Physical boundaries are the boundaries you establish to help protect your personal space, privacy and safety. Everyone’s physical boundaries will vary based on personal preferences, traumas and past experiences. But remember that setting physical boundaries is important. Doing so will give you  safe places to go to when people  who previously enabled your addictive behaviors try to become part of  your present life without being invited in.2

  • Avoid toxic relationships at all costs 

A toxic  relationships is  any relationship that causes you emotional or physical harm. As you achieve sobriety, you may start to see where past relationships were toxic that previously seemed supportive. When this happens, you may need to cut all ties with some individuals from your past.3

  • Focus on communicating effectively with loved ones 

When you begin defining your boundaries, you’ll  learn to recognize what you want and need in a relationship – and how to communicate those preferences effectively. You’ll  also learn how to communicate without blaming or shaming people who enabled your addiction in the past, which works to create a healthier social support network around yourself.4

  • Take personal responsibility for your actions 

During the course of rehabilitation, you learn how to take ownership of your behaviors. After rehab, you continue this process by living a life of integrity and character. By learning how to respect and love yourself, you also learn how to accept the consequences of your behaviors and develop a healthy structure and routine that guides the way you live your life.4

What if  You Relapse? 

If you find yourself in a situation where you feel you might relapse,  or are interacting with a loved one who isn’t  respecting your boundaries, it’s essential to begin discussing your concerns with your sober supports and clinical treatment provider.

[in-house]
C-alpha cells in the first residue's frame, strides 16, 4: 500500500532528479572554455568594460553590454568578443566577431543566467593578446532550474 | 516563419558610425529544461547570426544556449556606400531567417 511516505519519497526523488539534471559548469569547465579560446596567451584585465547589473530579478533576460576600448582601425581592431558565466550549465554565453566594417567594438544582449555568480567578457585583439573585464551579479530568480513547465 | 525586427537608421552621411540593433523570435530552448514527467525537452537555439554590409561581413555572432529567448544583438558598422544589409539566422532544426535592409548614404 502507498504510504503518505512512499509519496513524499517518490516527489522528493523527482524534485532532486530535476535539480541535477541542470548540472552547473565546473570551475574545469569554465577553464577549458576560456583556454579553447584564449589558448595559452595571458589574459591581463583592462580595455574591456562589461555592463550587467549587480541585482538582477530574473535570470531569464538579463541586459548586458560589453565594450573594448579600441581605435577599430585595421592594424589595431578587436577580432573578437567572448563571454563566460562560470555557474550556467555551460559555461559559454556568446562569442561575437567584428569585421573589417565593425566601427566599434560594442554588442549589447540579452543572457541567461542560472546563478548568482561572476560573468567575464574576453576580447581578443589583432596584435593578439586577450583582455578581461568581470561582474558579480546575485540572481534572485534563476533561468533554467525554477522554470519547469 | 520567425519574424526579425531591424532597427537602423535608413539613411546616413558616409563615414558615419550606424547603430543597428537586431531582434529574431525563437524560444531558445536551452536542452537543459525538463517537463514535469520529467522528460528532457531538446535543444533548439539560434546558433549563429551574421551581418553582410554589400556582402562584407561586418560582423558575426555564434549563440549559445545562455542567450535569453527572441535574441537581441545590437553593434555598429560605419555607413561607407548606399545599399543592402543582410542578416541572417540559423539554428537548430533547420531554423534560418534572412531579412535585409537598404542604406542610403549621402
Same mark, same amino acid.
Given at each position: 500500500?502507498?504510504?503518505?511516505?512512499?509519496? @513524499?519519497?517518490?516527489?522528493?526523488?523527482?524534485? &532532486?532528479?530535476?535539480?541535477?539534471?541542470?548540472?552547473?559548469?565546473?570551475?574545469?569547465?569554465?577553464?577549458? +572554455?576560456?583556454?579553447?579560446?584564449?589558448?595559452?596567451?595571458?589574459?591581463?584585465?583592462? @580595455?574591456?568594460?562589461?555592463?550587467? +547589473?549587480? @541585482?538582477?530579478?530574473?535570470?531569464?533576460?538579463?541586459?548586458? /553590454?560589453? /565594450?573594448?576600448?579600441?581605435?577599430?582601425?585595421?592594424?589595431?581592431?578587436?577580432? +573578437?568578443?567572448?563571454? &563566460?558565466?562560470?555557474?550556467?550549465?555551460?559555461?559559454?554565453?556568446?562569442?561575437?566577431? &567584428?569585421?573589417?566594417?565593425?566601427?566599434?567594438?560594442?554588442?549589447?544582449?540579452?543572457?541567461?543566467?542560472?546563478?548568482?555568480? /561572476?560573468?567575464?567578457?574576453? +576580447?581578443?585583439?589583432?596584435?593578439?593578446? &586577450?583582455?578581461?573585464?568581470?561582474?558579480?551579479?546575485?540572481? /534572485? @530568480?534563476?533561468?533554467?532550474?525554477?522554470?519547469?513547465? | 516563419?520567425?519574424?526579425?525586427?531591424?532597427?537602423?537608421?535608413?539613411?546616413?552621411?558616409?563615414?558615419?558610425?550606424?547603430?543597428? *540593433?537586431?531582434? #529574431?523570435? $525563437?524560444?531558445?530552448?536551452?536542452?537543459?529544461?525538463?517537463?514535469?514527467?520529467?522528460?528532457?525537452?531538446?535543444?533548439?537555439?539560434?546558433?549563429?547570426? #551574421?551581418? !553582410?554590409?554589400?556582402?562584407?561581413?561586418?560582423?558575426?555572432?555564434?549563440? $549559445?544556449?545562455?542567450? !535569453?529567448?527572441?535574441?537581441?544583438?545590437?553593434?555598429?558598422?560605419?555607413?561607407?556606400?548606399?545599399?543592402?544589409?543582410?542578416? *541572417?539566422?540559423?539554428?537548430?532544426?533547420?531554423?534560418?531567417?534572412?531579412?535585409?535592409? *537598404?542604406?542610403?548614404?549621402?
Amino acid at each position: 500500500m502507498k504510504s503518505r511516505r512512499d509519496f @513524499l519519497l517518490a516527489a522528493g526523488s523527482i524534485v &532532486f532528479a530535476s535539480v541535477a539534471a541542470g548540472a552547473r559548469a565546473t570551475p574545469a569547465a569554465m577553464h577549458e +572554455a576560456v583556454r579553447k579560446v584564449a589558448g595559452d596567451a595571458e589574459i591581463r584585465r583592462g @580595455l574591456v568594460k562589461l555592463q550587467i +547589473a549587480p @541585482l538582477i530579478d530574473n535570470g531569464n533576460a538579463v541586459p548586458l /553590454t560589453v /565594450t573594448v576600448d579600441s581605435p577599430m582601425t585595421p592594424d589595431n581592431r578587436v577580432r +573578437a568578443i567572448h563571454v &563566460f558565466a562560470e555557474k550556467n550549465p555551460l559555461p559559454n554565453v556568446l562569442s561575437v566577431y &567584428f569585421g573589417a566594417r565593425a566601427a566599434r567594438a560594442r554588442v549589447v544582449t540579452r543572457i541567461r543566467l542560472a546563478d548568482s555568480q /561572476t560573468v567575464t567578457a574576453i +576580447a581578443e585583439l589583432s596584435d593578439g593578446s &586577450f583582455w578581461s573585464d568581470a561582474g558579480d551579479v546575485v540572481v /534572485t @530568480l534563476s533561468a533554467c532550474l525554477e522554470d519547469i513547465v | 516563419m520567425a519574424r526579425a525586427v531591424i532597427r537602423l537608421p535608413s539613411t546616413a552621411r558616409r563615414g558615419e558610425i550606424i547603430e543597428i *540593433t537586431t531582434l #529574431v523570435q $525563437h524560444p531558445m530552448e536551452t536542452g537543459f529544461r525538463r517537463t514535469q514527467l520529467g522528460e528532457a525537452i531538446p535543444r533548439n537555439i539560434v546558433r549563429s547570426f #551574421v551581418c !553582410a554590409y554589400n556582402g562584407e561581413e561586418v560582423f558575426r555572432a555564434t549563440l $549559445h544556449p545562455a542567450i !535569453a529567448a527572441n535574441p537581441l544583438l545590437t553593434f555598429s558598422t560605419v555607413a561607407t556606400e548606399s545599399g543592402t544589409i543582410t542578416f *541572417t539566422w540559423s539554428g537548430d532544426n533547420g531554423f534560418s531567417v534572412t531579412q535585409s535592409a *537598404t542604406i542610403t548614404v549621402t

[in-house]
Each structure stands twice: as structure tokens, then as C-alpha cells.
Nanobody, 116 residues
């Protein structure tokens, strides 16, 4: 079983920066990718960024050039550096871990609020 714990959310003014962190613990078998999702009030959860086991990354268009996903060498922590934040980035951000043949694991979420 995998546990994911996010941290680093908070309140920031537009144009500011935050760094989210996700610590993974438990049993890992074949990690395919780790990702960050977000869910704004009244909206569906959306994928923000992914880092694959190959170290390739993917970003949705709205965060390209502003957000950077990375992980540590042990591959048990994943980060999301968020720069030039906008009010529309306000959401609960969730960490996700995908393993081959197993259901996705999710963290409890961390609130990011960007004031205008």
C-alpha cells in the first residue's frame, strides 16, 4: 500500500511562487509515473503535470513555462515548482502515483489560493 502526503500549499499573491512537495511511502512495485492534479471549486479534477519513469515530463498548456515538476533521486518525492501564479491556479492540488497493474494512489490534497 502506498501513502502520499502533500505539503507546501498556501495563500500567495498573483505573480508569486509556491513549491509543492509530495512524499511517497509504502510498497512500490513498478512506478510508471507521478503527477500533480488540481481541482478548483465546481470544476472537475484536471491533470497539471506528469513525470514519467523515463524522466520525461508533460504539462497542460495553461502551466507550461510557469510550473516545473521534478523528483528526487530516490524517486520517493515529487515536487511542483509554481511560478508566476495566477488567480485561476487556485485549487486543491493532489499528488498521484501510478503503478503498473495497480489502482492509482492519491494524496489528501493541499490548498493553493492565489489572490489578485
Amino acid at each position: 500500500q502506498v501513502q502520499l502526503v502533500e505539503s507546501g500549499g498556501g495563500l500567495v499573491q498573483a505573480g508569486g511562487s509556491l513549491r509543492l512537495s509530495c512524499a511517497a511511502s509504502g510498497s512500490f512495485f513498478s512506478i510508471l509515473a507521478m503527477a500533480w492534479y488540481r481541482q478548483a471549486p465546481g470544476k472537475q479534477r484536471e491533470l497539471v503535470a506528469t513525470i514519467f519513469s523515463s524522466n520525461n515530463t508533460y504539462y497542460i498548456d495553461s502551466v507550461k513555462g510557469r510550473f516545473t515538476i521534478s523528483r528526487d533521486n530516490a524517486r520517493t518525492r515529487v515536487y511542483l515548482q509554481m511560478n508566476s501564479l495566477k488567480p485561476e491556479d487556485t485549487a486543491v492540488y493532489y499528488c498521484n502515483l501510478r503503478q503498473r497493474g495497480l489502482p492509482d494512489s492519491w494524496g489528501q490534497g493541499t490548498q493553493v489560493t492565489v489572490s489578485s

Attaining a state of sobriety is no small task. Once you’ve achieved it, you have to fight twice as hard to keep unhealthy influences out of your life. The benefit of building a healthy sober support network is that they can provide guidance and advice when enablers come back into your life. 

While their intentions may seem pure, the negative impact enablers can  have on your recovery progress is all too real, and needs to be removed as quickly as possible.

Holistic Drug and Alcohol Addiction Treatment at Ranch Creek Recovery

If you’ve struggled with addiction in the past, always remind yourself of how strong you are and how far you’ve come. 

If you find yourself in a situation where your substance of choice is creeping  back into your life, you need to get back on track as soon as possible – and we’re here for you.

At Ranch Creek Recovery, we address addiction recovery and relapse prevention head on through our non-12-step, individualized, holistic addiction treatment programs. 

Our team of treatment experts will work one-on-one with you to create a custom treatment and recovery plan that will help you feel confident and ready to reenter  your sober life.

Have questions? We’re here to help in any way we can. Contact us.